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Sri Lanka: Bloggers react to the death of the LTTE leader

Categories: North America, South Asia, Canada, India, Sri Lanka, Breaking News, Disaster, Ethnicity & Race, Freedom of Speech, Governance, Human Rights, Humanitarian Response, International Relations, Migration & Immigration, Protest, Refugees, War & Conflict

The government of Sril Lanka announced via state media and SMS today (Monday, May 18, 2009) afternoon that the leader of the Liberation Tigers of Tamil Eelam (LTTE), Vellupillai Prabhakaran, is dead. News media are reporting [1] that Prabhakaran [2], who was at the helm of one of the world's most violent rebellions, was killed by rocket grenade while in a van with the head of the LTTE's navy, Soosai, and the LTTE intelligence chief, Pottu Amman. The body of the rebel leader will undergo DNA tests [3] to confirm identity. About 250 members of the Tamil Tigers were reportedly killed [4] in the final surge of fighting in the country's 26-year-old war.

Obituaries of Prabhakaran note that he was a hero to some and a ruthless killer to others. The BBC [5] writes, “To his followers, Vellupillai Prabhakaran was a freedom fighter struggling for Tamil emancipation. To his adversaries he was a secretive megalomaniac with a complete disregard for human life.” The Hindu [6] in India says, “A ‘freedom fighter’ for his supporters and a dreaded terrorist for others, Prabhakaran was wanted by Interpol and many other organisations since 1990 for terrorism, murder and organised crime.” Long before the world was aware of Osama Bin Laden or Al-Qaeda, Prabhakaran started to use a new method of guerrilla warfare, suicide bombing. This cover story [7] on Tehelka magazine reveals a lot about this war lord.

The Blogger of Beyond Skin [8] explains it this way:

First reaction: WHAAA! [goosebumps and jaw-drop and an overwhelmingly contradictory feeling of both dread and relief.]

Second reaction: Now what? After 26 years of fighting, after displacing and killing hundreds of thousands, after silencing those who dissent against both the government and the LTTE through assassinations, torture and disappearance, what now of the Tamil people?

United National Party organizer Ajith P. Perera wrote in his own obituary for Prabhakaran [9] in his blog, Dare to be different: “He was a terrorist, no doubt, but Prabhakaran deserves an obituary, even in a language he barely understood,” Perera wrote.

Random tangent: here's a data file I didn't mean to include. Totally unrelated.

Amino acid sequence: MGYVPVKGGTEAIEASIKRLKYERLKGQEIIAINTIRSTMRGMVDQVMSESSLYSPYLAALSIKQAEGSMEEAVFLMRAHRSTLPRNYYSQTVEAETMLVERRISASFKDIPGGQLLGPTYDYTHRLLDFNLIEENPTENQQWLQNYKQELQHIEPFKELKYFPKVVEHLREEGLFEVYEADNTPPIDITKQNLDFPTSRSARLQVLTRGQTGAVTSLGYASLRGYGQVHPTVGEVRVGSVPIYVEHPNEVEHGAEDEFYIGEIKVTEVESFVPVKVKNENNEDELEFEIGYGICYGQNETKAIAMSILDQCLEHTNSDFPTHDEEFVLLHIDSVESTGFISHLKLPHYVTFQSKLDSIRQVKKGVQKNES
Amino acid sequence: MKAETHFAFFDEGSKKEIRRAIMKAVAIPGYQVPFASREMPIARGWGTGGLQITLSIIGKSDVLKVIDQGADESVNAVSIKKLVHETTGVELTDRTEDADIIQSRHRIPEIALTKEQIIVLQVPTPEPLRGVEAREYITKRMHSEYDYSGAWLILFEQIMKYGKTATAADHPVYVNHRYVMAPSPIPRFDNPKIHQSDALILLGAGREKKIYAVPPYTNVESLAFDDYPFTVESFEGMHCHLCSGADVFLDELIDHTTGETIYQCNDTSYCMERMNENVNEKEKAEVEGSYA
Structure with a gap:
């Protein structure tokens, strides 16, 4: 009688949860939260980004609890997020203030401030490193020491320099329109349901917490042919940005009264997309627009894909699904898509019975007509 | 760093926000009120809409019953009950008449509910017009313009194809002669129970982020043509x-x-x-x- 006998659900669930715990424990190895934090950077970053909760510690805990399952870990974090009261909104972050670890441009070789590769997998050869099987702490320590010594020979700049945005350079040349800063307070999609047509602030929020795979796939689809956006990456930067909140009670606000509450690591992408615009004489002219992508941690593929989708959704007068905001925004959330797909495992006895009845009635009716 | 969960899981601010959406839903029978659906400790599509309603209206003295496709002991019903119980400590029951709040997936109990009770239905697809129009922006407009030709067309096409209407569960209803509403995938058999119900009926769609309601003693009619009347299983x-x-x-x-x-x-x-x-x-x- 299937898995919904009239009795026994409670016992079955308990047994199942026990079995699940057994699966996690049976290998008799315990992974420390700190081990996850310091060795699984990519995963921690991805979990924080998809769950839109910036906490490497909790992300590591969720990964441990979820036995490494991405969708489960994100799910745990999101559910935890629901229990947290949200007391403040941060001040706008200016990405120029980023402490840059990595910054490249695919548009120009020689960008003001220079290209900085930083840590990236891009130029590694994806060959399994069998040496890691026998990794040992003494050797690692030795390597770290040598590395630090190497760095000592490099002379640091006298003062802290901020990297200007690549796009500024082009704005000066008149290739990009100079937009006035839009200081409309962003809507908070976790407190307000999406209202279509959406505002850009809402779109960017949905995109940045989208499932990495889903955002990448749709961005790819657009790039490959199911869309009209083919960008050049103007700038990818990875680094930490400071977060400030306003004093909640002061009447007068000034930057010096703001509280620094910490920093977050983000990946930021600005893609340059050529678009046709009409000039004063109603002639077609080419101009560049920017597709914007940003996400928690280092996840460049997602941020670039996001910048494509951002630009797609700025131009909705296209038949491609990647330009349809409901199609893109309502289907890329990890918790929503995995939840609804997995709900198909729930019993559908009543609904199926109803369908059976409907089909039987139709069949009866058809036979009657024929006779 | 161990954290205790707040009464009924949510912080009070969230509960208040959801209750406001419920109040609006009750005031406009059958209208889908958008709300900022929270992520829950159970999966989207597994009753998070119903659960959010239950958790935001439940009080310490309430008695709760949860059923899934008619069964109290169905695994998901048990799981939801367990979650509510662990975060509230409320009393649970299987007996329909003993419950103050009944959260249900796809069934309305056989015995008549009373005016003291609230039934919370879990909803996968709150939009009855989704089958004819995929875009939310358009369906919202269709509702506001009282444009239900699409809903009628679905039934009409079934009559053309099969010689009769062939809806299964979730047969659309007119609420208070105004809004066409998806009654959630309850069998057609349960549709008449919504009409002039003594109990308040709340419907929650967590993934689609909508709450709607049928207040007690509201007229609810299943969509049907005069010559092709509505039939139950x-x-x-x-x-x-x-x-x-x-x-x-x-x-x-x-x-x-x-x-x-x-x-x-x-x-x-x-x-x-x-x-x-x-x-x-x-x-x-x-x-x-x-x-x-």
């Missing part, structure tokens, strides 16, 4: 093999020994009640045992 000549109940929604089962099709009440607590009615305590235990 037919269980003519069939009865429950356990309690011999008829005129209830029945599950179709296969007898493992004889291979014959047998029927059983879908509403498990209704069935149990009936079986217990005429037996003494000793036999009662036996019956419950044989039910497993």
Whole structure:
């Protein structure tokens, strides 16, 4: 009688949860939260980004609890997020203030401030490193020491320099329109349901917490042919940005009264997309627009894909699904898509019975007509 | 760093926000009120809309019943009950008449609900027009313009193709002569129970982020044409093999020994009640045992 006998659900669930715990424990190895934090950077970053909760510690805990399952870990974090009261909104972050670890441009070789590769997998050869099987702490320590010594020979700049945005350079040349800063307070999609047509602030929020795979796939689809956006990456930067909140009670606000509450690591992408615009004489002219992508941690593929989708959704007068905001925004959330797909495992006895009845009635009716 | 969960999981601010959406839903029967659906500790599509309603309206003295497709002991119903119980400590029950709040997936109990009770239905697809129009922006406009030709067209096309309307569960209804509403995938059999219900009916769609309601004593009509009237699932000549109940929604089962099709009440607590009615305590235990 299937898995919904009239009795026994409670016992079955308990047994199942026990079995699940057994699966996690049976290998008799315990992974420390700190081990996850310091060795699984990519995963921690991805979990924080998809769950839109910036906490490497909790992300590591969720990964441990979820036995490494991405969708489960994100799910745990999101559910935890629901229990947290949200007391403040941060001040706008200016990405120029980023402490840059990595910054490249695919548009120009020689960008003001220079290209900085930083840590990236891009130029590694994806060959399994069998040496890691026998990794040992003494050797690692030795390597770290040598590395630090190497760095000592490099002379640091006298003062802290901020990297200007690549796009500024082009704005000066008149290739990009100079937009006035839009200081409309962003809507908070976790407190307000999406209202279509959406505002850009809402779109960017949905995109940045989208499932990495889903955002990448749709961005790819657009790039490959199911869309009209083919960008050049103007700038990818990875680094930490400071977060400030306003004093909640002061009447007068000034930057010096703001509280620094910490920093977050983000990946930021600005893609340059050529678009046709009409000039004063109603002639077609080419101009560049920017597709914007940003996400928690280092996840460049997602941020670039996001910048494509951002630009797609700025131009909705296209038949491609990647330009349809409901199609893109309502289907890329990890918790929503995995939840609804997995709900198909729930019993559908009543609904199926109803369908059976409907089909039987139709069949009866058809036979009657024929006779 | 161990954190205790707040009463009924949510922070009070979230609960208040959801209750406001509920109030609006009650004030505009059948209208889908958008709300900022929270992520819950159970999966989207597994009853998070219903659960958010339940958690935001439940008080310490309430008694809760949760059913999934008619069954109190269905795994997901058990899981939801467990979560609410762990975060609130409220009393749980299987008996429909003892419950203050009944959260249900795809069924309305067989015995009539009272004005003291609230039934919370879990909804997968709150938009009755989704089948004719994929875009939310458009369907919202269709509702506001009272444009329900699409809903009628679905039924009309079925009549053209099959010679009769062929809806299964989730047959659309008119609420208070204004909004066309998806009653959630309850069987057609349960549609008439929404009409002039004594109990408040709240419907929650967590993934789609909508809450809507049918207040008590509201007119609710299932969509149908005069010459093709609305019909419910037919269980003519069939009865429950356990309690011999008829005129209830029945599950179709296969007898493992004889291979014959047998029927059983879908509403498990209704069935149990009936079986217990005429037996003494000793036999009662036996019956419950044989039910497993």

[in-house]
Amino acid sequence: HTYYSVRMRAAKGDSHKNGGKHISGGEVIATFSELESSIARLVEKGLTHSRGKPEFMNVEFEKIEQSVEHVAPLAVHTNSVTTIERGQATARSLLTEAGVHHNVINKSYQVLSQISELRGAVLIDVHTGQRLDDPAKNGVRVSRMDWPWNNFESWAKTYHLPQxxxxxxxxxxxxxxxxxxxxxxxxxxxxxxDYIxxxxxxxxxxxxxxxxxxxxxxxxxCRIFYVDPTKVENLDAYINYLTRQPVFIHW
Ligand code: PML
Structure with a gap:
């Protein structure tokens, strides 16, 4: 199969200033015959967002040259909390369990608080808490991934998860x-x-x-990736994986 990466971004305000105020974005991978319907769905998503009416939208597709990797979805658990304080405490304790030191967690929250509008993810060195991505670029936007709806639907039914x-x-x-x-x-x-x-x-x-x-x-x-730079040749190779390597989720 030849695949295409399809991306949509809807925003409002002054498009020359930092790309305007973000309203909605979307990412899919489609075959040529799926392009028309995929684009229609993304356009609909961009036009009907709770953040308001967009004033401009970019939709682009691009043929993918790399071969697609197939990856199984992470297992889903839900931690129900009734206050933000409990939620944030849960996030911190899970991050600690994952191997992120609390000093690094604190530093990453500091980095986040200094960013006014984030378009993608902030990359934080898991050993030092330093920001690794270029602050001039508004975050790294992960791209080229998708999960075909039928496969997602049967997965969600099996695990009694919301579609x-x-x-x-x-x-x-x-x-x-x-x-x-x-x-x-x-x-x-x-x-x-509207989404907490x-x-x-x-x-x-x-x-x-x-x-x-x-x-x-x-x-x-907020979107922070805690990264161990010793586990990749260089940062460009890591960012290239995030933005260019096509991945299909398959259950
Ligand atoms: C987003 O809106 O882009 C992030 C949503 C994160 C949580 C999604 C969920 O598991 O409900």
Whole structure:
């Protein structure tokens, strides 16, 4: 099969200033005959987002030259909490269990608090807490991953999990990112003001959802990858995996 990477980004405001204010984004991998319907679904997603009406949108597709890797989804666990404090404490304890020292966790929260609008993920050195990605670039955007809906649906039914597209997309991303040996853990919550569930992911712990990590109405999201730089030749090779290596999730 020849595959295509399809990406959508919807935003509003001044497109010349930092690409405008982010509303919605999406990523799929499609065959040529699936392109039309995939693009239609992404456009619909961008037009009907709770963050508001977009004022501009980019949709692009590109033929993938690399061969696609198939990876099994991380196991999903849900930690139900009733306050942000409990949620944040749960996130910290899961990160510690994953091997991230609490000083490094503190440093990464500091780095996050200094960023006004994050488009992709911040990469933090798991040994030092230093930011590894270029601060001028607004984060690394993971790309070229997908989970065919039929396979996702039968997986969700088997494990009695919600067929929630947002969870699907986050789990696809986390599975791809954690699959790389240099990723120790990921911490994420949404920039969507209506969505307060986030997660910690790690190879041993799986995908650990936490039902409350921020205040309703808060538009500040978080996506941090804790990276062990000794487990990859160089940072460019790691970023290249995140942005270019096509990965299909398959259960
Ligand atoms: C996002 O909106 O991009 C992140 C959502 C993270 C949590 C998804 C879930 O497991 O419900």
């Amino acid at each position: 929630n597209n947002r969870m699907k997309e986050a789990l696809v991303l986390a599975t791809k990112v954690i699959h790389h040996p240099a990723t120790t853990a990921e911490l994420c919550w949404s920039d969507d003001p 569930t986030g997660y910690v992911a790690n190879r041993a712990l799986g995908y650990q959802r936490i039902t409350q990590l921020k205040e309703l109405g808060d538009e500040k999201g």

Did he achieve anything worthwhile for his community? The answer is a big NO. Ethnic (Jaffna) Tamils are worse off than they were in 1970s. More than half of the Tamil population has already left for good. Thousands of Tamil families had to live with eternal grief of losing one or more family members. Ethnic Tamils, the largest minority in Sri Lanka then, has now reduced to the pathetic third place after Muslims and Indian Tamils. Jaffna, the second most advanced city in Sri Lanka, with its famous education system, is now far behind. As a community Tamils, at least the unfortunate ones to still remain, have moved ten or twenty years backward. They were termed as terrorists across the world. North and East have become more and more economically dependent on Colombo. At least for the next few years, till a UNP government implements a political solution, they will be remotely controlled from Colombo. All thanks to Prabhakaran.

Sri Lankan Tamil activist and former LTTE member Nirmala Rajasingam [10] explains in an opinion piece in The Independent that her sister was murdered by the LTTE 20 years ago.

For that reason, the news of the demise of the LTTE's top leadership – which ordered her killing and the killings of many other Tamil dissenters – brings overwhelming relief. The war and carnage has at last stopped and the insistent bloodletting of Tamil dissent is now over.

But she cautions: